Friday, September 11, 2009


As you may have heard by now, the Catholic News Agency is reporting that “the Pontifical Council for Culture is organizing a meeting of artists (including Ennio Morricone, oh yeah!) from around the world with Pope Benedict XVI on November 21… “The aim of the meeting," Archbishop Ravasi explained, "is to renew friendship and dialogue between the Church and artists, and to encourage new opportunities for collaboration.” If you ask me (not that anyone has), this refocus on the arts is long overdue for a Church which has a statement in it's Catechism which reads, “Arising from talent given by the Creator and from man's own effort, art is a form of practical wisdom, uniting knowledge and skill, to give form to the truth of reality in a language accessible to sight or hearing. To the extent that it is inspired by truth and love of beings, art bears a certain likeness to God's activity in what he has created.”

As a one-time art student, I'm probably a little biased, but I do believe there are times when the arts just do a better job of communicating the nuances of a subject. As an example, let's take the mention of Mary Magdalene's pre-Jesus condition in verses like Mark 16:9 where it says, "When he had risen, early on the first day of the week, he appeared first to Mary Magdalene, out of whom he had driven seven demons." Now I could write one of my wordy ten paragraph essays on the arguments over whether Mary's "possession" represented true demonic influence, a case of schizophrenia, or a little bit of both. But instead, let's take a look at 60 seconds from 2000's The Miracle Maker.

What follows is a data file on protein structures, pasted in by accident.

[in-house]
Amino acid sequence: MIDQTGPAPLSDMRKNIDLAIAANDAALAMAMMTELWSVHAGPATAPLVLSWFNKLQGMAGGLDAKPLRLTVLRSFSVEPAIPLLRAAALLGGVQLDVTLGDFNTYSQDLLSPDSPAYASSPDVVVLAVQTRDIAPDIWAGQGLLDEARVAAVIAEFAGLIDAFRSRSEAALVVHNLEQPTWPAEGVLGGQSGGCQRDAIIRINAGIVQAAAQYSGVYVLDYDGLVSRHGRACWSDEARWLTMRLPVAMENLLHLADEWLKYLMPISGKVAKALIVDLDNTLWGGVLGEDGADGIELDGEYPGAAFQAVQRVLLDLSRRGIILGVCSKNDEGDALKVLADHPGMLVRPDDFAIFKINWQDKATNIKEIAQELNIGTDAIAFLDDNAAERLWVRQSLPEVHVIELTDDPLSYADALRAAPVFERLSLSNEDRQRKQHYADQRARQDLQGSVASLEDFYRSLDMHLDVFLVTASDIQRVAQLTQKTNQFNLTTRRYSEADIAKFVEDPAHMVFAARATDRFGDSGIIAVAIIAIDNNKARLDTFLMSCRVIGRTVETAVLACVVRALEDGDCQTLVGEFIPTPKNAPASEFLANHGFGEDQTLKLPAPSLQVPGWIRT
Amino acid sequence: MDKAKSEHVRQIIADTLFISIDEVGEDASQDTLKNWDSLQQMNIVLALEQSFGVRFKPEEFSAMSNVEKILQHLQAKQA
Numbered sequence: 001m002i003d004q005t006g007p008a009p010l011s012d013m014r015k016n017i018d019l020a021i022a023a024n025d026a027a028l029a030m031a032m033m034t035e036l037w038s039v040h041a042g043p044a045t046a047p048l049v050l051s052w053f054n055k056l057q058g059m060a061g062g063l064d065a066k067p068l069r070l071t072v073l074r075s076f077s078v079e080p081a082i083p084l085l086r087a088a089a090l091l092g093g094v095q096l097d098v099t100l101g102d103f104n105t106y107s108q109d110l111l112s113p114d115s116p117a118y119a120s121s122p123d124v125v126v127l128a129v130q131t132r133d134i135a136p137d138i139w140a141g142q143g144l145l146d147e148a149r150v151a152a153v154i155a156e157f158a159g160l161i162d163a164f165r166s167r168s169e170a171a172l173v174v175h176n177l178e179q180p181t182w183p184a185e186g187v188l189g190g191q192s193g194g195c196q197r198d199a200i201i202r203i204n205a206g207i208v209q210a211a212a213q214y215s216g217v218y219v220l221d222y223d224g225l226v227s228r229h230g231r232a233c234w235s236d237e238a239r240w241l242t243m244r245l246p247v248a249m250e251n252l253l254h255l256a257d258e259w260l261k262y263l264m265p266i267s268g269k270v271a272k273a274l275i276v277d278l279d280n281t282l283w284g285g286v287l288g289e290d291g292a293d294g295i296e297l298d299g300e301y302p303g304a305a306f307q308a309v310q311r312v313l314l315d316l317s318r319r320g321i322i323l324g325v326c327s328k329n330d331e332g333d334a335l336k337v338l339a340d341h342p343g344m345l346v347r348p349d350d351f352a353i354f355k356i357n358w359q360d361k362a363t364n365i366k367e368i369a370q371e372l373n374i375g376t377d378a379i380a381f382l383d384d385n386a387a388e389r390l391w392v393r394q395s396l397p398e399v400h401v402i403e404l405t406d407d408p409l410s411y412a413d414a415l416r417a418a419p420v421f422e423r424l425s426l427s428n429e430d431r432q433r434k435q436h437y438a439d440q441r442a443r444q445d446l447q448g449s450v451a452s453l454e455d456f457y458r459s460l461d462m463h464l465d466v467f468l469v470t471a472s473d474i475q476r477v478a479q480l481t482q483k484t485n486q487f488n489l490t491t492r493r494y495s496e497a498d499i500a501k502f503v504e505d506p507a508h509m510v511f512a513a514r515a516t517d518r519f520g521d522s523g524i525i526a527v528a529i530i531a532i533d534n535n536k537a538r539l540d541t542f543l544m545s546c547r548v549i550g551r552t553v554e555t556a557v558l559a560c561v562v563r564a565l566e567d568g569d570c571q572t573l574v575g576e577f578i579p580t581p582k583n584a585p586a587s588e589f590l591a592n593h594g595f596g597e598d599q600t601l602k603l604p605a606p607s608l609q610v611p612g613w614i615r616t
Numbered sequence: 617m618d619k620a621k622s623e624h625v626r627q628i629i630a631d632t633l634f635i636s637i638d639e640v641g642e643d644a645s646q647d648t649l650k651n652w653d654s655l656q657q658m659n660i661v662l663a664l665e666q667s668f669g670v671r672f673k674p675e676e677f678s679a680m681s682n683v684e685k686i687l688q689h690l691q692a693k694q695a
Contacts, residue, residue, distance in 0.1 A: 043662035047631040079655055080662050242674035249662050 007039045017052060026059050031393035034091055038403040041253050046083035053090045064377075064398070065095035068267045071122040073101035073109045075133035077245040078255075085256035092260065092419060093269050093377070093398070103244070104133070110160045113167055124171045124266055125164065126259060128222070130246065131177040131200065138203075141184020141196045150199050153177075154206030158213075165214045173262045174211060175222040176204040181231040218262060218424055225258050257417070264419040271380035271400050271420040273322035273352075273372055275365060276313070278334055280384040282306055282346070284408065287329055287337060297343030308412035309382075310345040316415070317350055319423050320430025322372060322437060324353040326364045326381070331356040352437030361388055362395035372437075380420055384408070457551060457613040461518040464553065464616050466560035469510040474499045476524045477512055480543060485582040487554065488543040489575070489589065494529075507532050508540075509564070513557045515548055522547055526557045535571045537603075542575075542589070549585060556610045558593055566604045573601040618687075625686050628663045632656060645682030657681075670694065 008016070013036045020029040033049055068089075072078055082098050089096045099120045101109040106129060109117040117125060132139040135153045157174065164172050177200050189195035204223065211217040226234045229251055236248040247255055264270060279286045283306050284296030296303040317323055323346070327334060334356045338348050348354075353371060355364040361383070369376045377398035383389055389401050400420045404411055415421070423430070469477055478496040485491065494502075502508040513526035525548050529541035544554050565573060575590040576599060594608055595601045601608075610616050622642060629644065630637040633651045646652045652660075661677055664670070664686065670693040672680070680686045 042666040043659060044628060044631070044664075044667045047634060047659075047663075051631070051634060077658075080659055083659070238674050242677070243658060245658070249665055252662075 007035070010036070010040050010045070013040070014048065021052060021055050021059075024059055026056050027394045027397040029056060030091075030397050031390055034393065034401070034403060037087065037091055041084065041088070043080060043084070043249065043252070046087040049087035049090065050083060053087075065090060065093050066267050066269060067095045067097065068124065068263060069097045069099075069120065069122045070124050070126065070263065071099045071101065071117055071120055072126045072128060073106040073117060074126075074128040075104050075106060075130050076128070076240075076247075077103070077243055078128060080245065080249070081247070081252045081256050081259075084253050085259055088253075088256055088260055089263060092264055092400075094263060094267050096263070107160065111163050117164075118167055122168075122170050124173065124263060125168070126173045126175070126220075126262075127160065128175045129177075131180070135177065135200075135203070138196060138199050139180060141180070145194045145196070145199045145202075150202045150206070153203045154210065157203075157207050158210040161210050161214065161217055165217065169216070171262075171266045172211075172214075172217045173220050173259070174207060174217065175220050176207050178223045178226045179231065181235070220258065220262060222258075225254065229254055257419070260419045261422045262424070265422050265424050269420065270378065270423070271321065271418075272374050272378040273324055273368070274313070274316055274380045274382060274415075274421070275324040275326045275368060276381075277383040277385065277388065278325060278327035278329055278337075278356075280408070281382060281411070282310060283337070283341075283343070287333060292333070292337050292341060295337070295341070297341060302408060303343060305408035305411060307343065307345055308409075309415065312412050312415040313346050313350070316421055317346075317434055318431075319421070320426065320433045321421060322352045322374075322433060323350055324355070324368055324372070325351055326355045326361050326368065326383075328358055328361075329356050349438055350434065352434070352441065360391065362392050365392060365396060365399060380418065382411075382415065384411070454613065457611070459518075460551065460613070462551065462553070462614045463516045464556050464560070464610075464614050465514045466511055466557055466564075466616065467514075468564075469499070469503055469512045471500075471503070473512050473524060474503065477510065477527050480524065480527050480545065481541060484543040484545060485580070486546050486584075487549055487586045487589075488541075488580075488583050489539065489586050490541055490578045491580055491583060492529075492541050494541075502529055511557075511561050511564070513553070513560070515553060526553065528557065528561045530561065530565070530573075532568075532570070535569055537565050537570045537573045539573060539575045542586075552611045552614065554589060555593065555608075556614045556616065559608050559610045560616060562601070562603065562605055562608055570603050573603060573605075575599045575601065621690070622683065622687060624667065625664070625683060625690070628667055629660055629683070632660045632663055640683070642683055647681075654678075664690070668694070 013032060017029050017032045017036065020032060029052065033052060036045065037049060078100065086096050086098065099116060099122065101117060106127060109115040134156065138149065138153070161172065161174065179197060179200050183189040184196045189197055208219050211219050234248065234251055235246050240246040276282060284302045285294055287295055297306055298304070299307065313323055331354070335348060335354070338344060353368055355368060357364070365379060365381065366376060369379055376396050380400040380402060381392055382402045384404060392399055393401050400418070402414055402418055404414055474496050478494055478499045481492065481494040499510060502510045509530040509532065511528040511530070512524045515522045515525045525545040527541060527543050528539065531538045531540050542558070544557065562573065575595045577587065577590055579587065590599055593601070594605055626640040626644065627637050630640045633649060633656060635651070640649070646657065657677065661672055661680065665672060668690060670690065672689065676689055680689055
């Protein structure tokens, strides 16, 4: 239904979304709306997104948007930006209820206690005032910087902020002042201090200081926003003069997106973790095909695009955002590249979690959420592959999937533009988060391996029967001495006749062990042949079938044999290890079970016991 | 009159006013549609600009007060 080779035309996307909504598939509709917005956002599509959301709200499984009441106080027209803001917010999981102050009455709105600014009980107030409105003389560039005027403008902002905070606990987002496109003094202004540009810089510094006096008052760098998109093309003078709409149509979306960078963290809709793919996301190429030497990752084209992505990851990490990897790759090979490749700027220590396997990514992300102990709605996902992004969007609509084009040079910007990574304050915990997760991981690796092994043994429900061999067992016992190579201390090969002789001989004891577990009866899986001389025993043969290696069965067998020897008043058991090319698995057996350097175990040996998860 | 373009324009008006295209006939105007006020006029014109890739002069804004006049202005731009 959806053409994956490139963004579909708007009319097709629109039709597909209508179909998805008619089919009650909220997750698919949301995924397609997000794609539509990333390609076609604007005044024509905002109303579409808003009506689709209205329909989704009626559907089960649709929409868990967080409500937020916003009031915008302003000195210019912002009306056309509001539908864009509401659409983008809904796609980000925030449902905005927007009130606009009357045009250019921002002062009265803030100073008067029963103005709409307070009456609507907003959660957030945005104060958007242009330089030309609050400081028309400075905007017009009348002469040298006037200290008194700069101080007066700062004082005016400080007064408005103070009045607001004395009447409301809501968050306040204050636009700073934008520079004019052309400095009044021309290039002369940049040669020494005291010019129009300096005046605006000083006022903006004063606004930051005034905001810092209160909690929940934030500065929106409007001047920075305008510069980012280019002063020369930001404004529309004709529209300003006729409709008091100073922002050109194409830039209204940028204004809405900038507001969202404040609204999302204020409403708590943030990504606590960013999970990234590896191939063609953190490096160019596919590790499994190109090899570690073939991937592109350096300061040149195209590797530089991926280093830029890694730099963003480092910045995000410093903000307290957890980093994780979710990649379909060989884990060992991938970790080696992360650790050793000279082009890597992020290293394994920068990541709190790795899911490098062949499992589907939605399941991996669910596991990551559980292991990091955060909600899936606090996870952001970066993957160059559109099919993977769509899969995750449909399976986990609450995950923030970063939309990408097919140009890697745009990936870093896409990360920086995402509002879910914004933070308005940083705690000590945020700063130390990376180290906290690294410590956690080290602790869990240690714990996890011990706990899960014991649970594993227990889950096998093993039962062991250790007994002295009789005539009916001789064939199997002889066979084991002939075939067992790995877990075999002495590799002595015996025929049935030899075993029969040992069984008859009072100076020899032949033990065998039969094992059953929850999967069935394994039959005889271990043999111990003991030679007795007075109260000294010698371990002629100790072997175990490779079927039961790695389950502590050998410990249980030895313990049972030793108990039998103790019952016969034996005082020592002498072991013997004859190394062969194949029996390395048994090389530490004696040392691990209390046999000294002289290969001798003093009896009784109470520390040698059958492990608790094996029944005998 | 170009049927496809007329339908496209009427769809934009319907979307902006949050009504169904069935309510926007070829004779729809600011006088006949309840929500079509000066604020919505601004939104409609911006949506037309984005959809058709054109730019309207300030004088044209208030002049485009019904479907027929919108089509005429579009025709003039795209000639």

Demonic possession? Mental Illness? Both? Ultimately, that's not the most important thing in the story. In one minute's time, The Miracle Miracle offers up all those arguments, but brings the focus back to what really matters; whatever the source of her affliction, Mary found her refuge and comfort in the healing hands and heart of Jesus. The fact that The Miracle Maker accomplishes this in a very cool looking and emotionally engaging way without the need for any of my overlong verbosity attests to the simple power of the arts. So drag in as many artists as you can, Pope Benedict, I'm behind you all the way. After all, just the thought of letting the composer of The Good, The Bad, & The Ugly and The Untouchables loose on a little chant has me pumped.

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